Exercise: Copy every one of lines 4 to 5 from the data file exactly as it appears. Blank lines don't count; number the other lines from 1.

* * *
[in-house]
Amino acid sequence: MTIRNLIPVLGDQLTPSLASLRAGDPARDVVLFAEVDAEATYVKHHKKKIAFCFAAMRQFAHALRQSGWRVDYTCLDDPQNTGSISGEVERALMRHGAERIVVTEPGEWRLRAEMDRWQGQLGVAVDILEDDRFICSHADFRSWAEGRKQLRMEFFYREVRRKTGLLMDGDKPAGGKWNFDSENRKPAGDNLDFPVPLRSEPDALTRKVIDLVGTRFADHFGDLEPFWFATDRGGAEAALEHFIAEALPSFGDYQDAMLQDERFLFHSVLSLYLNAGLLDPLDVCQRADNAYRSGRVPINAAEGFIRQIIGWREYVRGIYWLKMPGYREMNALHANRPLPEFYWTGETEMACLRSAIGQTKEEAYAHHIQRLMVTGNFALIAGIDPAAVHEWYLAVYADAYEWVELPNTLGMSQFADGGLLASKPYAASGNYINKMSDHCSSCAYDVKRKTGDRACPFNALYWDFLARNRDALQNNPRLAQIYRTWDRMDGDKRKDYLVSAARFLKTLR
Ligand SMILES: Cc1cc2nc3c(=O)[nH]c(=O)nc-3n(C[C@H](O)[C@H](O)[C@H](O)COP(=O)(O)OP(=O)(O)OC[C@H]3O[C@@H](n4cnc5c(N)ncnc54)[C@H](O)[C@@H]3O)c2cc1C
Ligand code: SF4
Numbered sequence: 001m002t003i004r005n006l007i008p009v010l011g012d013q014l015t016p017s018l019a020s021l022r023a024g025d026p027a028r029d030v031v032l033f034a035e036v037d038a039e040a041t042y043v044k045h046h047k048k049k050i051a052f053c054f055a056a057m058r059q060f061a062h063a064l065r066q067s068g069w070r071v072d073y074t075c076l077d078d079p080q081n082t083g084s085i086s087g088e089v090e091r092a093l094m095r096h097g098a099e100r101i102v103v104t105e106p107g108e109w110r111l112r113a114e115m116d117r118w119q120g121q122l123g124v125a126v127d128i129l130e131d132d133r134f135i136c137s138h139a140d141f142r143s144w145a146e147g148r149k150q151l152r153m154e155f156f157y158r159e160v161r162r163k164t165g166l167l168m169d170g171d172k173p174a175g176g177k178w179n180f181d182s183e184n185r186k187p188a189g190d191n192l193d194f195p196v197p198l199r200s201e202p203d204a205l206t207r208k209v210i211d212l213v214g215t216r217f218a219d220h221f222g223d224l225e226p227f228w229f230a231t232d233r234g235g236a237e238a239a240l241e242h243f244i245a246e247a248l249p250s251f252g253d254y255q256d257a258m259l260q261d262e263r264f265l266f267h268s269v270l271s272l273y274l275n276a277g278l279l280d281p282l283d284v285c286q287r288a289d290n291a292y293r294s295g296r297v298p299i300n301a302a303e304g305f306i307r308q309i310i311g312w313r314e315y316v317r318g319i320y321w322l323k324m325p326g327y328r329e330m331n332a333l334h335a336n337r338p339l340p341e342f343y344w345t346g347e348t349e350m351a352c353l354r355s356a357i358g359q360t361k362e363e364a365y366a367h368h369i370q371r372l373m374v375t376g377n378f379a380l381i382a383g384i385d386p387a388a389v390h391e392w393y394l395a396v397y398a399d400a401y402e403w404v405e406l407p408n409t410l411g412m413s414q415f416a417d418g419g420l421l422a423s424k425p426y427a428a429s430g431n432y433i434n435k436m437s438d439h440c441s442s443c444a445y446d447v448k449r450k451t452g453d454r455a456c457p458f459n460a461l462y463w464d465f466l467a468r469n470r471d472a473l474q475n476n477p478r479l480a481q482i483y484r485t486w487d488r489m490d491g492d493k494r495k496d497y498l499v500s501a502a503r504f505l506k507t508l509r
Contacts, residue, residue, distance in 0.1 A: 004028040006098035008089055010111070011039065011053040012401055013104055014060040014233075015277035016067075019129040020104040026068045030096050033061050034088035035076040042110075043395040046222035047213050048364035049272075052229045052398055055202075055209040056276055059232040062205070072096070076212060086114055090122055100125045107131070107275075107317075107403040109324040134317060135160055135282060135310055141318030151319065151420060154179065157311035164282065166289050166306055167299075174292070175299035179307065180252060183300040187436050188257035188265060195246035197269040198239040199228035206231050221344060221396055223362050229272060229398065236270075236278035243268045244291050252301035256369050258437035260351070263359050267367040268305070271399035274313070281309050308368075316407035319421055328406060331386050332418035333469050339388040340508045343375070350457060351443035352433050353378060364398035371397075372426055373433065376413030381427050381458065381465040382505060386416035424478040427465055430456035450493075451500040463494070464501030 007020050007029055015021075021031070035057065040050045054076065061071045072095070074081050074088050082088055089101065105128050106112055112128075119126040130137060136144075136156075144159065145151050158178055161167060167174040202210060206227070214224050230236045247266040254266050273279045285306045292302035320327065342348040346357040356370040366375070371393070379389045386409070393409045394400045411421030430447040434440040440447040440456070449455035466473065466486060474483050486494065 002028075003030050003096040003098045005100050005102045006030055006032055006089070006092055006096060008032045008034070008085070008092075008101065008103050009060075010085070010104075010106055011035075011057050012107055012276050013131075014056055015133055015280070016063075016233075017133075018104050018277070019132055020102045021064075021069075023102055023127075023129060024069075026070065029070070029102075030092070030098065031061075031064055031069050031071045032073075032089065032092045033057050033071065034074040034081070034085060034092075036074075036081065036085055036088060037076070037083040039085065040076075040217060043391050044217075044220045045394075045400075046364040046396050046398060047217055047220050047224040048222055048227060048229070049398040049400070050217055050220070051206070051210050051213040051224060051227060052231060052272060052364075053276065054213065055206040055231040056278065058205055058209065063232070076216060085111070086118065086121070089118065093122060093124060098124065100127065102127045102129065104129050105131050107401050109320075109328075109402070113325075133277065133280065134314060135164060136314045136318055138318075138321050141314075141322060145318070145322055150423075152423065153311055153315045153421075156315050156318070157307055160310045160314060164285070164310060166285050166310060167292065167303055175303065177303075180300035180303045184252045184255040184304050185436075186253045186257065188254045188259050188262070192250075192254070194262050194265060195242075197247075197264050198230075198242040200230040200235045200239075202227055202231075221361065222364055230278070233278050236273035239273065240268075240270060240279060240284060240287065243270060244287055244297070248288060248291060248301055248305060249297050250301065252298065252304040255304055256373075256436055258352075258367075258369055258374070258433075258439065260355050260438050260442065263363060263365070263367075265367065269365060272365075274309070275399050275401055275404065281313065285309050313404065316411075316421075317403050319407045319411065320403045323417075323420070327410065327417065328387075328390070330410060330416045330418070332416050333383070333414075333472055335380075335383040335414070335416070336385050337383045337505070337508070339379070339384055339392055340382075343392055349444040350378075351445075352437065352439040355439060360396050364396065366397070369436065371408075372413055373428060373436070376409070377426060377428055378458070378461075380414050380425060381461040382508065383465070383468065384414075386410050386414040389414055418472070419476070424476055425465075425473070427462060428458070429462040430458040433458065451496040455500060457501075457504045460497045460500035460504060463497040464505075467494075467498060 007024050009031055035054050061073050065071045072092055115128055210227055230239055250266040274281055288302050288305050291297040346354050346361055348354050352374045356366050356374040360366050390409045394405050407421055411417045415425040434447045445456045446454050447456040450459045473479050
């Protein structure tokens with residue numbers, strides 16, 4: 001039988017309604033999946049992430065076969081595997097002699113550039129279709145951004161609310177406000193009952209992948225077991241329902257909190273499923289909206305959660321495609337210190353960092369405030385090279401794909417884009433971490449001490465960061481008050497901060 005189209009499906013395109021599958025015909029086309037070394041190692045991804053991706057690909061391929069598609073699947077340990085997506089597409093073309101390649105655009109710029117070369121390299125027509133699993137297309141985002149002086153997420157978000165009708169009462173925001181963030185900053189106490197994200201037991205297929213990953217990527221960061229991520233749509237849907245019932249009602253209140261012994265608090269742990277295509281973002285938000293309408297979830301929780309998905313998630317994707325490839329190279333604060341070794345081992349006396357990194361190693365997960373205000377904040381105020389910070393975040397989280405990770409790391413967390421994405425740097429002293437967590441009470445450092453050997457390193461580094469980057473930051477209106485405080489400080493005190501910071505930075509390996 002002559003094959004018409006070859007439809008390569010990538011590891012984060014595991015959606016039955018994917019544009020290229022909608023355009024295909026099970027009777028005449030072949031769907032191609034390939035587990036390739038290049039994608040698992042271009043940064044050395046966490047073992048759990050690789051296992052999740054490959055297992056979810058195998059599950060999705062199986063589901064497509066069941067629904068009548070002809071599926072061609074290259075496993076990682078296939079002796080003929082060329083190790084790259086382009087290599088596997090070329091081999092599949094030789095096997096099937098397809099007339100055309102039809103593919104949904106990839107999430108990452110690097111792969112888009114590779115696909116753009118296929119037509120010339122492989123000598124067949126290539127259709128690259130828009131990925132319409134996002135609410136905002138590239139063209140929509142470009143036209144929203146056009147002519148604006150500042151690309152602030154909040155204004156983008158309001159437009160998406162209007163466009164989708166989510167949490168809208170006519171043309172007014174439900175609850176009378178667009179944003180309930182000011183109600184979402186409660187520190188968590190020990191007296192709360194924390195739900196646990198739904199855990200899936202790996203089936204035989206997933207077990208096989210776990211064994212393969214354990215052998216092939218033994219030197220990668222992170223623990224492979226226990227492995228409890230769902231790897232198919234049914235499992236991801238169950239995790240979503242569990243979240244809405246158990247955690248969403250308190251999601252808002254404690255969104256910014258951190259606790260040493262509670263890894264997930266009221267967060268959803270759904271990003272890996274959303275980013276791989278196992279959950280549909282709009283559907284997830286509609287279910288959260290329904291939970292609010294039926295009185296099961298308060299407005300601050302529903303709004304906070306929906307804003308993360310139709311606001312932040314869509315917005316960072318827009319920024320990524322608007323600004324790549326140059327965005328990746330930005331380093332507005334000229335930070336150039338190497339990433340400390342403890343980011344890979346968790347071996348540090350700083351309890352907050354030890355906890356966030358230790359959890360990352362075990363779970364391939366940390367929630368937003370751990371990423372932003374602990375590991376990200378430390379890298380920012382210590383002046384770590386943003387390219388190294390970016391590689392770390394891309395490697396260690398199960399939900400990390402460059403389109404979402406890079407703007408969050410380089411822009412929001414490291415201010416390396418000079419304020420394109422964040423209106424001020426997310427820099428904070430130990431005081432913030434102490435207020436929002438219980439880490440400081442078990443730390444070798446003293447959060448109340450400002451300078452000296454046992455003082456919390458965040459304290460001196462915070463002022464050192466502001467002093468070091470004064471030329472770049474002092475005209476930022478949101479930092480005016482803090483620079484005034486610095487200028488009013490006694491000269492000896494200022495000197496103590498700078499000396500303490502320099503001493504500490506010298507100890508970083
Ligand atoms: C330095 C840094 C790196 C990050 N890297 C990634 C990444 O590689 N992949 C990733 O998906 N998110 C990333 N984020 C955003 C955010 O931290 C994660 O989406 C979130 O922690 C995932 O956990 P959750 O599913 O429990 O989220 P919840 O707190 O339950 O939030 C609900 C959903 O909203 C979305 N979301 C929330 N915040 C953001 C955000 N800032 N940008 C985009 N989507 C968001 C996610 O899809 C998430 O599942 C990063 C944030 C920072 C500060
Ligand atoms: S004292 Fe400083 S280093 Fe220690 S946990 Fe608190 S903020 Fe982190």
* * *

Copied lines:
Ligand code: SF4
Numbered sequence: 001m002t003i004r005n006l007i008p009v010l011g012d013q014l015t016p017s018l019a020s021l022r023a024g025d026p027a028r029d030v031v032l033f034a035e036v037d038a039e040a041t042y043v044k045h046h047k048k049k050i051a052f053c054f055a056a057m058r059q060f061a062h063a064l065r066q067s068g069w070r071v072d073y074t075c076l077d078d079p080q081n082t083g084s085i086s087g088e089v090e091r092a093l094m095r096h097g098a099e100r101i102v103v104t105e106p107g108e109w110r111l112r113a114e115m116d117r118w119q120g121q122l123g124v125a126v127d128i129l130e131d132d133r134f135i136c137s138h139a140d141f142r143s144w145a146e147g148r149k150q151l152r153m154e155f156f157y158r159e160v161r162r163k164t165g166l167l168m169d170g171d172k173p174a175g176g177k178w179n180f181d182s183e184n185r186k187p188a189g190d191n192l193d194f195p196v197p198l199r200s201e202p203d204a205l206t207r208k209v210i211d212l213v214g215t216r217f218a219d220h221f222g223d224l225e226p227f228w229f230a231t232d233r234g235g236a237e238a239a240l241e242h243f244i245a246e247a248l249p250s251f252g253d254y255q256d257a258m259l260q261d262e263r264f265l266f267h268s269v270l271s272l273y274l275n276a277g278l279l280d281p282l283d284v285c286q287r288a289d290n291a292y293r294s295g296r297v298p299i300n301a302a303e304g305f306i307r308q309i310i311g312w313r314e315y316v317r318g319i320y321w322l323k324m325p326g327y328r329e330m331n332a333l334h335a336n337r338p339l340p341e342f343y344w345t346g347e348t349e350m351a352c353l354r355s356a357i358g359q360t361k362e363e364a365y366a367h368h369i370q371r372l373m374v375t376g377n378f379a380l381i382a383g384i385d386p387a388a389v390h391e392w393y394l395a396v397y398a399d400a401y402e403w404v405e406l407p408n409t410l411g412m413s414q415f416a417d418g419g420l421l422a423s424k425p426y427a428a429s430g431n432y433i434n435k436m437s438d439h440c441s442s443c444a445y446d447v448k449r450k451t452g453d454r455a456c457p458f459n460a461l462y463w464d465f466l467a468r469n470r471d472a473l474q475n476n477p478r479l480a481q482i483y484r485t486w487d488r489m490d491g492d493k494r495k496d497y498l499v500s501a502a503r504f505l506k507t508l509r